Odd Enjinears, Lienz

Review in Issue 16-3/4 | Autumn 2004

Odd Enjinears are an Amsterdam-based company of theatre-makers, artists and musicians. The divisions between each discipline are consciously and deliberately blurred in their work. Lienz was a show about time and how it affects us. The set was a huge frame divided into three rooms. In the centre was a large medieval-style clock with a pendulum. Ropes were attached to the axle of the clock and spread to all parts of the structure where they were attached to all sorts of domestic items.

A figure cycles on to the set and sets the pendulum swinging, which causes the clock to start ticking, which causes the axle to start winding the ropes, which causes all manner of effects, sounds and accidents to happen. The material qualities of each object are exploited – balloons burst, kettles whistle, trapdoors spring open and bellows deflate. The interest lies in the inventive and amusing way in which objects are juxtaposed and how they are used.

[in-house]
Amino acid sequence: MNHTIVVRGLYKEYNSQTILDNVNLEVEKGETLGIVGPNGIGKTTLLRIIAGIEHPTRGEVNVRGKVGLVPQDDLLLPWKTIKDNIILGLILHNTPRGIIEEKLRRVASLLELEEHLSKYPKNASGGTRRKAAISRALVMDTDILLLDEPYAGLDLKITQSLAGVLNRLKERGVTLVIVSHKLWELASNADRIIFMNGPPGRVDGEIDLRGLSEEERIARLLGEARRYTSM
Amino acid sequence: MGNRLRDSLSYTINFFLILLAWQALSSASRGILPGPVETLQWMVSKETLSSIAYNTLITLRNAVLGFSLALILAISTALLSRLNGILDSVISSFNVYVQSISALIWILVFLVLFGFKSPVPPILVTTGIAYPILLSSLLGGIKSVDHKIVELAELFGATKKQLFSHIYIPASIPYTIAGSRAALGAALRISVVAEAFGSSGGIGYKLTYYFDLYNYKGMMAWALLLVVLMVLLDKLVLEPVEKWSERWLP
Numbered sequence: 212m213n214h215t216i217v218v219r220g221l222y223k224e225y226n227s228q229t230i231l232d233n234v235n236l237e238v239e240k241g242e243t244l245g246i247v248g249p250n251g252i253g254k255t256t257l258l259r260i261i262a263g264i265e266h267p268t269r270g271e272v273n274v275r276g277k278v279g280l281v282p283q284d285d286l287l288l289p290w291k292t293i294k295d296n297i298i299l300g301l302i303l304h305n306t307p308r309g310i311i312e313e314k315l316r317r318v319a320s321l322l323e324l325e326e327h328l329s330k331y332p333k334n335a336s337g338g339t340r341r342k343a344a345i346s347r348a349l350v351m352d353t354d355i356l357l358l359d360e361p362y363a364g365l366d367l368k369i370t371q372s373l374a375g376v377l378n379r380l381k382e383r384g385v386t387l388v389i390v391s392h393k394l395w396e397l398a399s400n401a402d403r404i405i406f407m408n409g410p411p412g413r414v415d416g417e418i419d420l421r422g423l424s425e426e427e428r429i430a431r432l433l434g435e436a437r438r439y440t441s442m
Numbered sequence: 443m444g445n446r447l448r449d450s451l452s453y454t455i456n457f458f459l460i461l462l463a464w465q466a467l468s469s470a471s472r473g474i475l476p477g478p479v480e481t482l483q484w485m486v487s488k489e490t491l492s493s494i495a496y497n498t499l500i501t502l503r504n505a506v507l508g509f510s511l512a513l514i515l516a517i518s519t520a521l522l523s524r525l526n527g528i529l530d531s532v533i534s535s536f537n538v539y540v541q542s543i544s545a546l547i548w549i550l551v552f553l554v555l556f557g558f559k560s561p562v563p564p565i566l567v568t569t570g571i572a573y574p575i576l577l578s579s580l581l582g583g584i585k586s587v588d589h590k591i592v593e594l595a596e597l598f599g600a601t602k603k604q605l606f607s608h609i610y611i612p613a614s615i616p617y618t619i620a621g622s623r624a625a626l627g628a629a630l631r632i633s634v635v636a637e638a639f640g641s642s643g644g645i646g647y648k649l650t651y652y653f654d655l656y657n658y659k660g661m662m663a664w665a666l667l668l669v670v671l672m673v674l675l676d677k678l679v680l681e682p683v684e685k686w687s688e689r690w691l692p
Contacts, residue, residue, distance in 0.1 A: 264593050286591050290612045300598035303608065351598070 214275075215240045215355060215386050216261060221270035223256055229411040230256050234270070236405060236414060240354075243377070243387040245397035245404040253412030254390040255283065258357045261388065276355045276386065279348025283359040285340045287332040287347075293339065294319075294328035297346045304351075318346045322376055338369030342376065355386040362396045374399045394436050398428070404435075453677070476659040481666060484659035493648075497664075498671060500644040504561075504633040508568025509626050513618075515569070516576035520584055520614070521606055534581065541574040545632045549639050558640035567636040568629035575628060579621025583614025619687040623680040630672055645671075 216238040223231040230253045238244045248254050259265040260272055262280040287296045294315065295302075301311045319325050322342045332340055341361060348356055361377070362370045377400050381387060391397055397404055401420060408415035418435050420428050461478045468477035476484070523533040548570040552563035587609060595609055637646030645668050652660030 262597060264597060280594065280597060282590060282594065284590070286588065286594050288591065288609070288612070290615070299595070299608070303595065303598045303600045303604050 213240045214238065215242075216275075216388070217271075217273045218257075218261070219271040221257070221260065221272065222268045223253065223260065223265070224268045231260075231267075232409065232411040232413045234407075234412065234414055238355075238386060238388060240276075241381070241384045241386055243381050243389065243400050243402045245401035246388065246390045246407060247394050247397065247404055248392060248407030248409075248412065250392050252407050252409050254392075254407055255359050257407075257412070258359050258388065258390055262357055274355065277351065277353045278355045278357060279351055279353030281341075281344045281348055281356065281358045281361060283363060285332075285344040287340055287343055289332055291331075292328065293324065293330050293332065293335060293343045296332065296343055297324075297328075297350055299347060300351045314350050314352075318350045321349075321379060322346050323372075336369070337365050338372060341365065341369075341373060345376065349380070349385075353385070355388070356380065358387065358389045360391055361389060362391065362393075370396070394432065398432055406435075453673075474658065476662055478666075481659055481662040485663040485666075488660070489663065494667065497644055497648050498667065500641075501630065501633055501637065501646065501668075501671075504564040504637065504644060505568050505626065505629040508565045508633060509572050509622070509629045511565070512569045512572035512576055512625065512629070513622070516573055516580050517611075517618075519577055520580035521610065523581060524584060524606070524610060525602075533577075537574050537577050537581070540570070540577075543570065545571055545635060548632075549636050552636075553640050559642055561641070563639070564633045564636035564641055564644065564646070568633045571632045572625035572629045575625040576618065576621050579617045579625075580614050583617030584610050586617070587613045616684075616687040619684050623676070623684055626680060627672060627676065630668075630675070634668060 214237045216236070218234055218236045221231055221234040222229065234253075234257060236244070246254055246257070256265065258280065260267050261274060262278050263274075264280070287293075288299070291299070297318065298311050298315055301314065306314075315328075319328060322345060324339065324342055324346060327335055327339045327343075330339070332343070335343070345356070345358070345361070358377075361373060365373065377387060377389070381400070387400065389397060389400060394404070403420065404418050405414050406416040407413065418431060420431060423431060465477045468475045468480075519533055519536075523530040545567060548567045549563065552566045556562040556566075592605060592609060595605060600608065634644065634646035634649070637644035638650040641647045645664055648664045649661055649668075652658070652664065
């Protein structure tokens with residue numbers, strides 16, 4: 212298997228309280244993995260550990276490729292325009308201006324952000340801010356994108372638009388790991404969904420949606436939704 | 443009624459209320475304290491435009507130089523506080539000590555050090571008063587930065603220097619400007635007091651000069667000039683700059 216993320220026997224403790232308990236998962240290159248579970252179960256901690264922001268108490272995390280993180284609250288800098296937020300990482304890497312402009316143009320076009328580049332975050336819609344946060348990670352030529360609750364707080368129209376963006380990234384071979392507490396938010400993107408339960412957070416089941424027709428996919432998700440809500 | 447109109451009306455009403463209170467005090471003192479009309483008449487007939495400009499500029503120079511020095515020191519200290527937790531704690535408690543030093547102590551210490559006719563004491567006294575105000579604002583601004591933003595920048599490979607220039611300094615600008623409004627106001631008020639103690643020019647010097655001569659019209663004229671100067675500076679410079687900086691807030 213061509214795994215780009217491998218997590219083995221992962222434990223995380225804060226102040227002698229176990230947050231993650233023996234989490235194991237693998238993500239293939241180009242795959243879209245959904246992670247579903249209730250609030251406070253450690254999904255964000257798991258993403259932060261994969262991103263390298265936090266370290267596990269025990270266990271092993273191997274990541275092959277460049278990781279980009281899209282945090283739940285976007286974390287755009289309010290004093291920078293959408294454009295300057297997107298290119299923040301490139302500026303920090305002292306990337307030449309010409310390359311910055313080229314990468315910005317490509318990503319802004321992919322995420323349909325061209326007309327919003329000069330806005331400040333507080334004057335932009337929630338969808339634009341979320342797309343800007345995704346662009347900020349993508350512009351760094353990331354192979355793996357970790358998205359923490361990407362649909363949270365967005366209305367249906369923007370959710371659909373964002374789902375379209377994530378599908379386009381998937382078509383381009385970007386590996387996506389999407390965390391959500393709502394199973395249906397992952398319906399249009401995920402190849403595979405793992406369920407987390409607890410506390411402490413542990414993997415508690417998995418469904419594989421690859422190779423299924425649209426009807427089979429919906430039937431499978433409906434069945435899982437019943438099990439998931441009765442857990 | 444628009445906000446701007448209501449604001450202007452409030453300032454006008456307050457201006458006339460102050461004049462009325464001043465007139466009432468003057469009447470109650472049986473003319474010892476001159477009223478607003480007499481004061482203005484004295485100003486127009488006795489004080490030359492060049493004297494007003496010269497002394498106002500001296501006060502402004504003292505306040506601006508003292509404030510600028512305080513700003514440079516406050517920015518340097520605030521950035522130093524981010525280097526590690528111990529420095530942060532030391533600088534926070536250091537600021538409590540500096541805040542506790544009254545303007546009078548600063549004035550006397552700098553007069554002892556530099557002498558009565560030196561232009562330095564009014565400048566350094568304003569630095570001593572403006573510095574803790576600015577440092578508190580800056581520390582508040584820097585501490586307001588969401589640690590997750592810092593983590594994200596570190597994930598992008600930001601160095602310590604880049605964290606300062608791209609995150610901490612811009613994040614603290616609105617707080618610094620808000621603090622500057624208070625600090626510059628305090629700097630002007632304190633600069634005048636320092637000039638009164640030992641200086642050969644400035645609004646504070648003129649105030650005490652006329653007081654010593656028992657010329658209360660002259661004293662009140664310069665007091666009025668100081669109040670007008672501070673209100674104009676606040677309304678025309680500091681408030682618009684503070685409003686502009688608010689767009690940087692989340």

There are three characters in the performance all trapped in their environments, all at the mercy of events triggered off by time ticking away and all struggling to make sense of their situation. At times there was so much going on that you were not sure where to look and at times the sounds were so small you were straining to hear. This was the show's strength, however. Rather than bombard us with sensation it made us sit up and look and – what is more – allowed us time to do that.

Presenting Artists
Presenting Festival
Date Seen
  1. Jul 2004

This article in the magazine

Issue 16-3/4
p. 29